Life is, for most of us, one really long opportunity to learn new things. I’ve owned my own business now for a little over a year and, aside from the thrill whenever I see my company name, have learned that being your own boss really is nothing short of amazing. Now that I’m 12 months in, I’ve picked up a few things I’d like to share along with a funny story from one of my earliest meetings. Without further ado”
1) Pricing Consulting Services…Not Again
My very first consulting agreement was returned with a signature in less than 2 hours…yes…2 hours. I was so excited that my initial response was only joy. “I’m a consultant! It’s official! I have a client!” And in those first few weeks of work, I realized that I might have underbid my work by just a bit.
But I learned from the experience and, when sending out my next contract, increased the amount to what I thought made sense and sent the contract on its way. Same outcome – almost an immediate signature. But I’d done a better job the second time around – and felt much more comfortable with the outcome of the project and the money I earned. Fast forward through the next year and I’ve only had two potential clients that I wasn’t able to come to an agreement with and I’m still working with three of my original clients.
So, are quick signatures a good thing? Or a bad thing? Should I charge more?
I’ve come to realize that the services I offer fit into a niche in the market. I’m versatile and knowledgeable in a variety of areas, with experience in multiple industries and disciplines. I’m a problem solver, believing firmly that there are a minimum of seven solutions to every problem – you just have to find them! I charge below agency rates (even here in the Midwest) and have partnerships with other consultants, leaders and skill-based individuals that let me put together custom teams to meet the needs of my clients. I’m happy to work with other agencies, stand in as a fractional CMO and generally do what’s needed to help my clients succeed.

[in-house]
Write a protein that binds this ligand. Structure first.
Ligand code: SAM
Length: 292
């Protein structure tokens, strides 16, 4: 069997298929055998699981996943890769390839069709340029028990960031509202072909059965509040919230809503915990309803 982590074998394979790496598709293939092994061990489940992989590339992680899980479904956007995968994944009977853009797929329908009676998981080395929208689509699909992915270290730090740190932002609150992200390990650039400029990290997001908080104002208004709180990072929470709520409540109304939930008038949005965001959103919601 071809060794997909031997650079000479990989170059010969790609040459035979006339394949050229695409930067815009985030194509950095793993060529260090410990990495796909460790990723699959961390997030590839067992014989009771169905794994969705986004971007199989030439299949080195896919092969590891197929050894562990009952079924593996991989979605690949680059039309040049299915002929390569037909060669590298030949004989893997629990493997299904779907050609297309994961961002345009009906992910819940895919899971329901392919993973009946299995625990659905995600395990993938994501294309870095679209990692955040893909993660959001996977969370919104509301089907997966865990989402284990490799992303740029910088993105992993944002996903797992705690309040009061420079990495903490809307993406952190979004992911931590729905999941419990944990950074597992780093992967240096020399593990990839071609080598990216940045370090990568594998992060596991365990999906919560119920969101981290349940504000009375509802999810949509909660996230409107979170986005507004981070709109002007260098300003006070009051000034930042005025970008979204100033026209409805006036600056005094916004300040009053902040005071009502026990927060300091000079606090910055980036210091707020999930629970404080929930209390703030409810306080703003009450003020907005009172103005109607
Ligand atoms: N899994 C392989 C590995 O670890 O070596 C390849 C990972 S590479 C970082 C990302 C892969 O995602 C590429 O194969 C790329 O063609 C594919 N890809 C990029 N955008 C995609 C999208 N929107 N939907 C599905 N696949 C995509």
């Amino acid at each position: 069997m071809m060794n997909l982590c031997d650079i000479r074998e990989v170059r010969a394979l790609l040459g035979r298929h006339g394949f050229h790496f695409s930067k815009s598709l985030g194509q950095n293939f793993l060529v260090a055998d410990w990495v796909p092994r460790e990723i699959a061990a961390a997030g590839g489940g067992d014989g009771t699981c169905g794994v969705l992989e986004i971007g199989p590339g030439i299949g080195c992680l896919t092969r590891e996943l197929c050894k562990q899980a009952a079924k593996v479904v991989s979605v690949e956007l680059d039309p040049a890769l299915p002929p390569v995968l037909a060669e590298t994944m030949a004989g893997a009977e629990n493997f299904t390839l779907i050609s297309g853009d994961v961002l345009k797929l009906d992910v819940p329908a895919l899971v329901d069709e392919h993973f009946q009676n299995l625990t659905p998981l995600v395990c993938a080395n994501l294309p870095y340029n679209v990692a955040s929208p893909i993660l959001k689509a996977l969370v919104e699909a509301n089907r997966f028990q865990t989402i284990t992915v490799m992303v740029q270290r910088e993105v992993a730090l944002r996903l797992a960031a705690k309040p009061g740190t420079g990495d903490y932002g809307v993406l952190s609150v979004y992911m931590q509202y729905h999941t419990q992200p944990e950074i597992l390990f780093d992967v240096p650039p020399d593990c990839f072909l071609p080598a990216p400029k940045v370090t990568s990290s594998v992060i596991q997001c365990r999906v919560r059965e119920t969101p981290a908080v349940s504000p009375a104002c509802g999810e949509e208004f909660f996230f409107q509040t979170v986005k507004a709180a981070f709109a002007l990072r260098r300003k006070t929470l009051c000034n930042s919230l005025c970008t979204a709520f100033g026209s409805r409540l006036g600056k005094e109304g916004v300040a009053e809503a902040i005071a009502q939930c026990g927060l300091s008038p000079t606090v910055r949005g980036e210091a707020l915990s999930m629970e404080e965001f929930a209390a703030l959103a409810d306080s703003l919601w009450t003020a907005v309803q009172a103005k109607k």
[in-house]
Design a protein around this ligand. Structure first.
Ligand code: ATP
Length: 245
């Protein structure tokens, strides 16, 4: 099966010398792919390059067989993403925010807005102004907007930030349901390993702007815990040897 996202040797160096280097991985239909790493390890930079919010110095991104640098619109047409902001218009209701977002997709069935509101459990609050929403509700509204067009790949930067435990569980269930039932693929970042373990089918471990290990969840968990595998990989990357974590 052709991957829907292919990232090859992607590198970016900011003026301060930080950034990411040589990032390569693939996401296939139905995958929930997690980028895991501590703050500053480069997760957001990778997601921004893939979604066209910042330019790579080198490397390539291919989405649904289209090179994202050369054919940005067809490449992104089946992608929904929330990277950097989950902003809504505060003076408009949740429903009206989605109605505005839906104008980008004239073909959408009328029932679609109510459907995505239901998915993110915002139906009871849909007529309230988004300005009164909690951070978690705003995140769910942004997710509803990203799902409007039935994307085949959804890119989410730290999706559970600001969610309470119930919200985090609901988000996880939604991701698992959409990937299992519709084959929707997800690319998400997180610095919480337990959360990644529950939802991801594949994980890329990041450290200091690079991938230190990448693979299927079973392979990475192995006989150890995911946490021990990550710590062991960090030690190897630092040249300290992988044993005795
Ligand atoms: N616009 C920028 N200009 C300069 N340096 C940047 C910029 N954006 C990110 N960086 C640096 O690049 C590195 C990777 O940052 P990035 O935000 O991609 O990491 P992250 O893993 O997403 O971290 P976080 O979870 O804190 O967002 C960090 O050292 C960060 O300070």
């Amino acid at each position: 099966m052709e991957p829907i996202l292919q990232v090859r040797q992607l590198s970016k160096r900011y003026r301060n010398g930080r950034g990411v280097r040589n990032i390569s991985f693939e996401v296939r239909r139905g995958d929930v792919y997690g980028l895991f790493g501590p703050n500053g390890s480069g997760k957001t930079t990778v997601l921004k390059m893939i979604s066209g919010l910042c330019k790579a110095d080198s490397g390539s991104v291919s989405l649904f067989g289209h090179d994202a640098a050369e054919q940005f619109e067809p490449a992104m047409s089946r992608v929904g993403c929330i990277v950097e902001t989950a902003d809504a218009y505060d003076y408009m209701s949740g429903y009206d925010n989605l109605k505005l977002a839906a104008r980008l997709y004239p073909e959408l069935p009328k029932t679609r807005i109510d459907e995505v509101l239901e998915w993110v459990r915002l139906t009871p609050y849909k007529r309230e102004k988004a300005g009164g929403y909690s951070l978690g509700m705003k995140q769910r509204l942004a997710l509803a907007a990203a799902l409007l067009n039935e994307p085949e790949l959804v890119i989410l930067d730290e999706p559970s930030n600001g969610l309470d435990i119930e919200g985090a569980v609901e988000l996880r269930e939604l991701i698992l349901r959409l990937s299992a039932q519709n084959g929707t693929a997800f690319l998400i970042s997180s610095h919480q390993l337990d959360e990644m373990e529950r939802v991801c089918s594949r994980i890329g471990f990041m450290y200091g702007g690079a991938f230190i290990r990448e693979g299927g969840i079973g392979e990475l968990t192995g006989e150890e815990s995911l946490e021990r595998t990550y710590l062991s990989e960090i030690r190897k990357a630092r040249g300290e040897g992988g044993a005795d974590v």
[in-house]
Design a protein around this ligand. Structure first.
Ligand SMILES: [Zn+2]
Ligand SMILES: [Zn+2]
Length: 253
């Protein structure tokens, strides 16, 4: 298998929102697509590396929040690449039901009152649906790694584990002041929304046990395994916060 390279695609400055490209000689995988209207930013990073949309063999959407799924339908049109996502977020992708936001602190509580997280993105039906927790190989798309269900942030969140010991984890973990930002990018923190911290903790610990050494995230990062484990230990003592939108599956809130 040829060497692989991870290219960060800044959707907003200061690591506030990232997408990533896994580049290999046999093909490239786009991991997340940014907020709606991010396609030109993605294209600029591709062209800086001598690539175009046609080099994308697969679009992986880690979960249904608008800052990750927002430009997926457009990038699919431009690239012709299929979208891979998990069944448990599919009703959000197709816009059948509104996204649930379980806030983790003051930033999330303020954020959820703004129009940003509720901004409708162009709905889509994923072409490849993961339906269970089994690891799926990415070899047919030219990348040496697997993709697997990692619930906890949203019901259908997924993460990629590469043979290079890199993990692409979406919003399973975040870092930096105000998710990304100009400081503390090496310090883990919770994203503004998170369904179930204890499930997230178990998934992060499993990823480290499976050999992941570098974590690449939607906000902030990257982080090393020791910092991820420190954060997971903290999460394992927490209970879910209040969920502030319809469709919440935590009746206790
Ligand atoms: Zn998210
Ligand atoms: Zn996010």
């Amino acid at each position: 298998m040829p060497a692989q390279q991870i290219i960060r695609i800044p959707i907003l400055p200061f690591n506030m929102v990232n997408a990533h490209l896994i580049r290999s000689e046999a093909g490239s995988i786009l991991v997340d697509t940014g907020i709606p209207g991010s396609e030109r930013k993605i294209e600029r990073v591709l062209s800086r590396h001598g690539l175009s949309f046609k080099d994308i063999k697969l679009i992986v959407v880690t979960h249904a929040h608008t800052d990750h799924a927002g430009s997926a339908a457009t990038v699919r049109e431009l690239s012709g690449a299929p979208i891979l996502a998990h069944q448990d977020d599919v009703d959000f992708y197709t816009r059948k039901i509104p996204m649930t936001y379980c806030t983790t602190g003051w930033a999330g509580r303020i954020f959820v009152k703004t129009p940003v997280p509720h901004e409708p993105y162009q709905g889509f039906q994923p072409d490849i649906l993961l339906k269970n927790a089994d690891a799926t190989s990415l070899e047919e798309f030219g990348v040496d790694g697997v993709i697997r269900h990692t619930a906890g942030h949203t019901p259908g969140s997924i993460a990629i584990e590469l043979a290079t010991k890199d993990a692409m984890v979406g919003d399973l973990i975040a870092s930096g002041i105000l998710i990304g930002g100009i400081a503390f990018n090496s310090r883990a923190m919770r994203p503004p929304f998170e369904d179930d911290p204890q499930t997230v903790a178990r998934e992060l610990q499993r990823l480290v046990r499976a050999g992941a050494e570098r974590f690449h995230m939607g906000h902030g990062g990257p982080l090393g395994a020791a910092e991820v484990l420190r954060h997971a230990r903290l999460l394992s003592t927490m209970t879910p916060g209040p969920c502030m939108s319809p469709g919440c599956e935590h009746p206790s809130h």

Rapid signatures on contracts have come to mean that I did an excellent job selling in my services before the agreement was sent, my new client appreciates and respects what I’ll bring to the table and I’m happy with the amount I decided to charge.
2) Staying in My Swim Lane While Learning Some New Strokes
Kristie Jones, a highly intelligent and successful consultant in her own right, continually coaches me to focus my efforts and stay in the areas where I’m most comfortable and have been able to show success. I, being a people-pleaser from way back, have a hard time saying no when a client expands the scope of a project or adds an element that I haven’t previously executed. My advice in this area is to recognize:
Doing new things is stressful – this is possibly the hardest piece for me. I own the success (or failure) of my projects and have to be patient with my own mistakes when I take on something I haven’t done before.
Transparency is genius – I tell my clients, when they request that I execute a new project that is outside my current experience, that I don’t have experience in that area. Generally, my project management, business and life experiences are enough to ensure a successful outcome and, if everyone knows going in that a Google search or two might be necessary to fully flesh out the checklist, the project is executed that much more smoothly.
Building my repertoire continually adds to my value – this is my favorite part. I love learning and doing new things (stressful parts aside) and getting paid to learn new things is fabulous. And the next time, when I get asked to do something new, I have that much more confidence that I’ll pull it off successfully.
Don’t be afraid to try new things – be upfront about what you know and take that chance!
3) Hours, Projects and Retainers
In one of my first pitch meetings, I was actually doing a joint pitch with Kristie Jones to a potential client. We were in the meeting when the prospect looked at me and asked, “How do you like to work?”
I looked at him blankly, hoping I didn’t look like a total idiot, trying to understand what he was asking. I fumbled my way through an answer (which I don’t really remember) and then, thankfully, the meeting turned to another topic.
As we were walking out together, Kristie gave me a flat look and said, “You like to work by the hour, on a project basis or on retainer.”
This brings my first ever blog post written on my own behalf to a close. I hope you enjoyed it!